Reducing Conflict 16 The Passive Aggressive

The passive aggressive is an interesting and frustrating type of personality. The person may seem moody or detached from reality. He or she may avoid other people at times. Sulking, backhanded compliments, procrastination, withdrawal, and refusal to communicate are all signs of passive aggression.

When passive aggressive people are called out for being negative or angry, they often will express denial. What they are really doing is trying to shut down communication so they do not have to face the issue.

What Causes People to be Passive Aggressive at Work

There are several things that can give rise to Passive Aggressive behavior.  If the person feels under-appreciated or oppressed at work, it can cause the symptoms. Workload is also an issue. If leaders create unreasonable expectations for what can be accomplished or fail to give the proper support, then people are going to push back in various ways.

Sometimes the problem stems back to some parental or scholastic abuse where the child did not feel welcome expressing ideas or concerns.

The person may be naturally lazy and inclined to procrastinate whenever given a difficult task. It may be a way to punish the person asking for the work or just a ploy to put off unrewarding tasks as long as possible.

The person may feel he or she is being unfairly singled out to do more than his or her fair share of the work.

How to Help a Passive Aggressive Person at Work

There are a number of ways to cope with a passive aggressive person, and some will work for one individual and not another.  You have to experiment with different techniques. 

Sometimes just paying a little more attention to the person or giving some positive feedback will cause movement in the right direction.  Also, peer pressure or coaching can be useful ways to shift the thinking pattern. Sometimes it just takes working with a partner.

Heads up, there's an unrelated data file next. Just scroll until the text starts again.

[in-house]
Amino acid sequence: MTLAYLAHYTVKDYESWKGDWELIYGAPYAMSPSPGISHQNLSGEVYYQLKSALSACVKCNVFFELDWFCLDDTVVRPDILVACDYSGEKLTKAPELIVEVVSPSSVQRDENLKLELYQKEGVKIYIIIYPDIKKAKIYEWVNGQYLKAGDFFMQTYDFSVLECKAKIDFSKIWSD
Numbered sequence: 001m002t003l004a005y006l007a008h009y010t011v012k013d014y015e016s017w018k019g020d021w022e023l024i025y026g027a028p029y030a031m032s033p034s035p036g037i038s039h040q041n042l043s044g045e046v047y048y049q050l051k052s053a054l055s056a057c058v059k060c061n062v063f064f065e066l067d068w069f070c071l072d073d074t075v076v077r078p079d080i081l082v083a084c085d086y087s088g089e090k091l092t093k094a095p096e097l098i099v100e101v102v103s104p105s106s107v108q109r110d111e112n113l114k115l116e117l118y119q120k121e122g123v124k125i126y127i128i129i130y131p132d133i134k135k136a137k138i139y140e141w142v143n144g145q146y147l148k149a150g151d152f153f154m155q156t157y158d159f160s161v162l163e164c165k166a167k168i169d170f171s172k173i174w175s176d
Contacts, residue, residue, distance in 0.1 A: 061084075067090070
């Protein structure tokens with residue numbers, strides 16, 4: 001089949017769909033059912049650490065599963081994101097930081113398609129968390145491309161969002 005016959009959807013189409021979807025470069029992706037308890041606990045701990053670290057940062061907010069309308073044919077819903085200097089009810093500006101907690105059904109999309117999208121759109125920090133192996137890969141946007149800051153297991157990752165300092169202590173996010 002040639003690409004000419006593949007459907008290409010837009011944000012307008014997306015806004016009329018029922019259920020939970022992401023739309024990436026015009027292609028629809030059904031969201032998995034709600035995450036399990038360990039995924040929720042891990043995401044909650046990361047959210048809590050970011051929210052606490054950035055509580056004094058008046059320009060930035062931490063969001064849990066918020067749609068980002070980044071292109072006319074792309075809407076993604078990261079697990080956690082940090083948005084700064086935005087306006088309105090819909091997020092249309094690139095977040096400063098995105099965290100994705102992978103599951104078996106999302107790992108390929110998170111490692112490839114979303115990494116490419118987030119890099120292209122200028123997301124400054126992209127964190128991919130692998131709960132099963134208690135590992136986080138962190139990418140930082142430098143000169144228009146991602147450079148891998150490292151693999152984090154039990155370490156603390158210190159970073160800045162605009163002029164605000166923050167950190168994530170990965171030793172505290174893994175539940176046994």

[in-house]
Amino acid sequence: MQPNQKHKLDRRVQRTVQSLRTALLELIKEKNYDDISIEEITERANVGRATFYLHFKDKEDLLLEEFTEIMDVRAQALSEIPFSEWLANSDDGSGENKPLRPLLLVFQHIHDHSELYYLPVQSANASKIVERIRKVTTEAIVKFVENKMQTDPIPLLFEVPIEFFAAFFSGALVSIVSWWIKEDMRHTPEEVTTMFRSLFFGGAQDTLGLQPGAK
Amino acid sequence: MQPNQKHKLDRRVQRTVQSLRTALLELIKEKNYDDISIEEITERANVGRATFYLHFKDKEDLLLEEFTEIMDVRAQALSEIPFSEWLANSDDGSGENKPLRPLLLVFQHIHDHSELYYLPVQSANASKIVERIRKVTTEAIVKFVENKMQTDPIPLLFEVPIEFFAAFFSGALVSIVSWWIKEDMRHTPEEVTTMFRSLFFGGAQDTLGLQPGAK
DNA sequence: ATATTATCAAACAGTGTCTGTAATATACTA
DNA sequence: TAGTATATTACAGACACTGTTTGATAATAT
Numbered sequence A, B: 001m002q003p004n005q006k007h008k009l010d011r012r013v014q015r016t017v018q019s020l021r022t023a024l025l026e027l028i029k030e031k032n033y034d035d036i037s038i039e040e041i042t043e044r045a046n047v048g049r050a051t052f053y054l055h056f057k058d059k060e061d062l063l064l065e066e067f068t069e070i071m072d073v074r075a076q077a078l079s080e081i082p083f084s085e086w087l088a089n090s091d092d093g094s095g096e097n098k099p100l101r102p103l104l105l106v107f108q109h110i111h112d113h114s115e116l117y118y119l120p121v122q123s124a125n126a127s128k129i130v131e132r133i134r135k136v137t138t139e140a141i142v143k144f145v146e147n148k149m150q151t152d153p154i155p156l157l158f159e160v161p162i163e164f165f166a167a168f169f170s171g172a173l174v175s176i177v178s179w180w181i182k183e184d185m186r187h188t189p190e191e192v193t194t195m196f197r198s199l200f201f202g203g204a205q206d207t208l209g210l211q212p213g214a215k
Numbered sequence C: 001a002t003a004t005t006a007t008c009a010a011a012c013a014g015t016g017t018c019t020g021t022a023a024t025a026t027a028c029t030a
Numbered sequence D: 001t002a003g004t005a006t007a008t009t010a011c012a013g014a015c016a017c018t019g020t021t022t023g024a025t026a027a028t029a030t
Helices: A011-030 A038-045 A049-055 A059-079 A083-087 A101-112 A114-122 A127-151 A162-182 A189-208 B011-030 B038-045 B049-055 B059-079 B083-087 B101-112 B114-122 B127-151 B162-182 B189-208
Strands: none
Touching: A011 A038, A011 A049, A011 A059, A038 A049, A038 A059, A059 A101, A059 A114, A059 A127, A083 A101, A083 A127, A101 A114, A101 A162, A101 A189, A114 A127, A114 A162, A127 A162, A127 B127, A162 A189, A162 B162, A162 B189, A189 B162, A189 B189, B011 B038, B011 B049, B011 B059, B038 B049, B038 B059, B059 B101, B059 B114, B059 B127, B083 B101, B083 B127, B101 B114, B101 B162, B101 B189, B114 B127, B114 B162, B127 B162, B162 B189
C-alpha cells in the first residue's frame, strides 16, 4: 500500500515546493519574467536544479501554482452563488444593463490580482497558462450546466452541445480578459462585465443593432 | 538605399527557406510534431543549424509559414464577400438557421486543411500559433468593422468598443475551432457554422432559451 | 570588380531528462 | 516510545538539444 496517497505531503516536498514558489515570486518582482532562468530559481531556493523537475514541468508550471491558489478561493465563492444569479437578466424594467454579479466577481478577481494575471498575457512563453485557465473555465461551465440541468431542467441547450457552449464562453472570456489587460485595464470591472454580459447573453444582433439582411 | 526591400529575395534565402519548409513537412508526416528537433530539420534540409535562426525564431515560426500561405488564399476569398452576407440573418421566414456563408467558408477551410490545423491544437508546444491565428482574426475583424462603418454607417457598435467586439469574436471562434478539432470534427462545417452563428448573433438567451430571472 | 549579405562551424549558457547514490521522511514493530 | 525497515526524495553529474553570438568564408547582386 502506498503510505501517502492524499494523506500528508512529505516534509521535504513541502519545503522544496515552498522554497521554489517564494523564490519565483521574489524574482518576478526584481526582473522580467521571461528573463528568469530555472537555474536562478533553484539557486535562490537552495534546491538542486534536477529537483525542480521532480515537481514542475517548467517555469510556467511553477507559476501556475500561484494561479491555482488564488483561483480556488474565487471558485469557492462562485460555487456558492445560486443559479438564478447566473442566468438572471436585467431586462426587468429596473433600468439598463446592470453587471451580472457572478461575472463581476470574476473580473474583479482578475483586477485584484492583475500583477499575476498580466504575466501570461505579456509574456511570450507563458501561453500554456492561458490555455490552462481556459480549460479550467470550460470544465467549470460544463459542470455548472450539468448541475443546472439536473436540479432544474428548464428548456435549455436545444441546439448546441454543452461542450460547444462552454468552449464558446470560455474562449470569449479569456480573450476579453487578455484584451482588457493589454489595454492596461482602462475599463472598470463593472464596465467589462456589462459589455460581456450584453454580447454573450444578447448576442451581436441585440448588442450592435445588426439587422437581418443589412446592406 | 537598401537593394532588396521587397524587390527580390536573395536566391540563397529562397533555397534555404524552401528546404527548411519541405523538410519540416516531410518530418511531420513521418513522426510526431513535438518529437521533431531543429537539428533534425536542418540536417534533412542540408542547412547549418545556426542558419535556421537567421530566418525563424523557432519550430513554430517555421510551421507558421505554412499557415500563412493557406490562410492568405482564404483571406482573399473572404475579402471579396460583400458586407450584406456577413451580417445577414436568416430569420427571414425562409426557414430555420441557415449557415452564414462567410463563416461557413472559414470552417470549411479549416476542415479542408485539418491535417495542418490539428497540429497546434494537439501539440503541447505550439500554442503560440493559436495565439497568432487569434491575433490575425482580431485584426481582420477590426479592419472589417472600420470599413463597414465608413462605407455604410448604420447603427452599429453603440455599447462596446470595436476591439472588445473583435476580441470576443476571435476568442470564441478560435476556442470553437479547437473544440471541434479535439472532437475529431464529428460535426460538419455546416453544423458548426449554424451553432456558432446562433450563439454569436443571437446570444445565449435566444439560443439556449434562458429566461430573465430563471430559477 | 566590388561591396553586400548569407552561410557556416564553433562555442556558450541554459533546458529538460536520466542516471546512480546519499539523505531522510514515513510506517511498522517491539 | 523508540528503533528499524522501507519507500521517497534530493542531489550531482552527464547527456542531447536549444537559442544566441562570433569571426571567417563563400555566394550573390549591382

I think the best way to cope with a passive aggressive person is to find the triggers that light up the person’s enthusiasm.  Get to know the person better.  Find out when he or she is really excited to tackle a difficult task.  I believe there are situations where we all will light up and dive into the work with pleasure.  Find out the key to this person’s motivation and see if you can supply more of that ingredient.

Some people will light up when given a significant challenge.  Others may be motivated by some form of reward.  Still, others may just be seeking recognition for their good work.  If you can find the motivational key and provide more of that factor, you can often change the annoying behaviors.

It is one of the most satisfying aspects of leadership to take a person who has passive aggressive behavior patterns and help the person out of the funk. It is possible if you stick with it and refrain from badgering the individual.

Free Video

Here is a 3-minute video that contains more information on how to deal with a Passive Aggressive.  

Bob Whipple, MBA, CPTD, is a consultant, trainer, speaker, and author in the areas of leadership and trust.  He is the author of four books: 1.The Trust Factor: Advanced Leadership for Professionals (2003), 2. Understanding E-Body Language: Building Trust Online (2006), 3. Leading with Trust is Like Sailing Downwind (2009), and 4. Trust in Transition: Navigating Organizational Change (2014). In addition, he has authored over 1000 articles and videos on various topics in leadership and trust. Bob has many years as a senior executive with a Fortune 500 Company and with non-profit organizations.


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